Based on presidential polling data and predictive analytics models, Hillary Clinton was expected to defeat Donald Trump in 2016.
Much of the presidential polling data and predictive modeling, however, failed to get it right and Trump was elected president. Polling organizations didn't include enough non-college educated voters in their data, and too few polls were run in the days before the election in the states that wound up determining the outcome.
Four years later, pollsters have learned important lessons in order to include the voters they missed in 2016 who ultimately swung the election, and presidential polling data is being collected differently in 2020 than it was before the last presidential election.
But 2020, with a global pandemic hitting the United States harder than any other country and now vast swaths of the West Coast consumed by wildfires, is different also than any year. And whether the changes made to presidential election polling will lead to more accurate predictions this time around won't be known until the final polls are conducted before the election and the votes are counted.
"We learned what happened in 2016, and we've corrected for it," said Michael Cohen, founder and CEO of Cohen Research Group and an adjunct professor at Johns Hopkins University and the University of California, Washington Center. "If you see a poll now that's out of whack and seems like an outlier, generally the problem is they haven't balanced by education."
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The lessons learned from 2016 will presumably fix what went wrong.
The adjustment bureau
Polling organizations absorbed what happened in 2016. They understand what they missed, and have made changes to their presidential election polls this time around. As a result, the analytics models that use polls as their primary data source will be better informed.
First and foremost, presidential polling data now largely incorporate the demographics it missed in 2016.
Using census information, polling organizations can see who self-identifies as college educated and who doesn't, and they can make sure presidential polling data more accurately reflects the entire population.
Likewise, David Paleologos, director of the Suffolk University Political Research Center in Boston, said that polling organizations are being more careful to include non-college educated voters in their data.
"Obviously, all of the polling community is sensitive to that demographic now that it has been flagged, whether it was an actual dynamic or not," he said.
In addition, those states where it was assumed Clinton would win in 2016 but lost -- Pennsylvania, Michigan and Wisconsin, in particular -- are receiving plenty of attention in the pre-election presidential election polls, and not only from local polling organizations but also those that are among the most respected nationally.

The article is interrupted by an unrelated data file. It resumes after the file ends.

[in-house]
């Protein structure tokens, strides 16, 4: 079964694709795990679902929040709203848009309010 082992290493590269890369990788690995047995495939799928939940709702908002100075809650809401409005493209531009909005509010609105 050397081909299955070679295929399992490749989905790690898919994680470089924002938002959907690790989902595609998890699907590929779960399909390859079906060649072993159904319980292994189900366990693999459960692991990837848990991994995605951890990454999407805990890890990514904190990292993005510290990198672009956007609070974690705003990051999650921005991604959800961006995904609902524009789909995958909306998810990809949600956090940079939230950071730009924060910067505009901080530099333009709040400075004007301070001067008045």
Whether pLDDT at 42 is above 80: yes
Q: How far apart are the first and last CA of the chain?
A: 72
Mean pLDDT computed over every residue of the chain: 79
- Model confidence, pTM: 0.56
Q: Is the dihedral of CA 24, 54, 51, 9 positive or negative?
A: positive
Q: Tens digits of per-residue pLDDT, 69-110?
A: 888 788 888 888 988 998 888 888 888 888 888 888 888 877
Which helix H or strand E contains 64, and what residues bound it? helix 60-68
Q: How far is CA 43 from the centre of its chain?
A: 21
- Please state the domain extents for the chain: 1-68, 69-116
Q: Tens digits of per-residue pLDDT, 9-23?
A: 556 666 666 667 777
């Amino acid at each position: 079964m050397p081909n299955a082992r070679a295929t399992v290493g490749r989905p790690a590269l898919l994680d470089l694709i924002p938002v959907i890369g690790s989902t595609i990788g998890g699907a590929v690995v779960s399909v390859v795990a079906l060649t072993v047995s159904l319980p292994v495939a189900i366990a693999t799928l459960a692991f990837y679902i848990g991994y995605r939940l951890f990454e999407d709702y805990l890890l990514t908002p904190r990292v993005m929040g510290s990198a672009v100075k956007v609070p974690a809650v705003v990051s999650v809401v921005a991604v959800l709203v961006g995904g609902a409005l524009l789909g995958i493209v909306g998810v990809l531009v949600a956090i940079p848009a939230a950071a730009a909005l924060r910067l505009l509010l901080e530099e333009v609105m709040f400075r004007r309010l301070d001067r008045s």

Just as Florida, Arizona and North Carolina are among the states assumed to be in play, and so are the ones that traditionally voted Democrat but swung Republican for Trump four years ago.
"The top pollsters will be polling the [blue] states again, like many of us did in 2012 but did not do in 2016," Paleologos said . "We're planning to poll most if not all of the [blue] states and then some, and maybe we'll poll other states less because we have a budget. Maybe instead of polling Florida three times we poll them twice and then include a couple of polls in Wisconsin and Pennsylvania."
What went wrong last time
Meanwhile, Paleologos noted that the national polls, which measure the popular vote, showed Hillary Clinton winning by various margins.
“And that was borne out," Paleologos said.
"But the state polls in the blue states were off," he added, referring to states that normally lean toward the Democratic Party.
Clinton, in fact, received almost 3 million more votes nationwide than Trump, but the polls were incorrect in states like Michigan, Pennsylvania and Wisconsin that went for Trump and decided the outcome in the Electoral College.
Predictive models, meanwhile, are largely based on presidential polling data. Modelers create algorithms that aggregate the various polls, while giving more weight to the ones believed to be most reliable in order to try to forecast the outcome. News organizations then use the models to inform the public, while campaigns are able to make data-driven decisions based on them.
But in 2016, because the data the models used -- the polls -- failed to pick up on the voters who swung the election, so too did the models that gave Clinton an overwhelming expectation of victory.
None of the major predictive models said a Clinton victory was 100% certain, though they said it was extremely likely. Among major predictive models, The New York Times' Upshot election forecast gave Clinton an 85% chance of victory -- Trump only won 15 election simulations out of 100 -- while CNN's Political Prediction Market gave Clinton a 91% chance of winning and the FiveThirtyEight forecast more conservatively placed the likelihood of a Clinton win at 71.4%.
And The Huffington Post's predictive model gave Clinton a 98% chance of winning.
An attempt and a miss
On Nov. 7, 2016, the day before the presidential election, a national poll by ABC News and The Washington Post showed Clinton ahead 49% to 45%. Another from Fox News had Clinton ahead 48% to 44%, and one from Monmouth University showed Clinton 50% up 44%.
And, indeed, the former Secretary of State and first lady comfortably won the popular vote.
But Clinton was also expected to win states such as Michigan, Pennsylvania and Wisconsin that narrowly went for Trump and swung the Electoral College in his favor. According to the website 270toWin.com, polls showed Clinton winning all three states she ultimately lost, with Clinton up 4% in Pennsylvania, 5% in Michigan and 7% in Wisconsin.
There wasn't a singular, clear reason presidential polling data failed to pick Trump in those states in 2016.
But according to poll experts, despite the ability to reach potential voters in myriad ways -- about 85% of polling is now done via mobile phone, according to Paleologos -- the miss can be blamed on failure to survey one particular segment of the population that leans toward Trump and a lack of polling in the states that surprisingly went to Trump on election night, Nov. 8, 2016.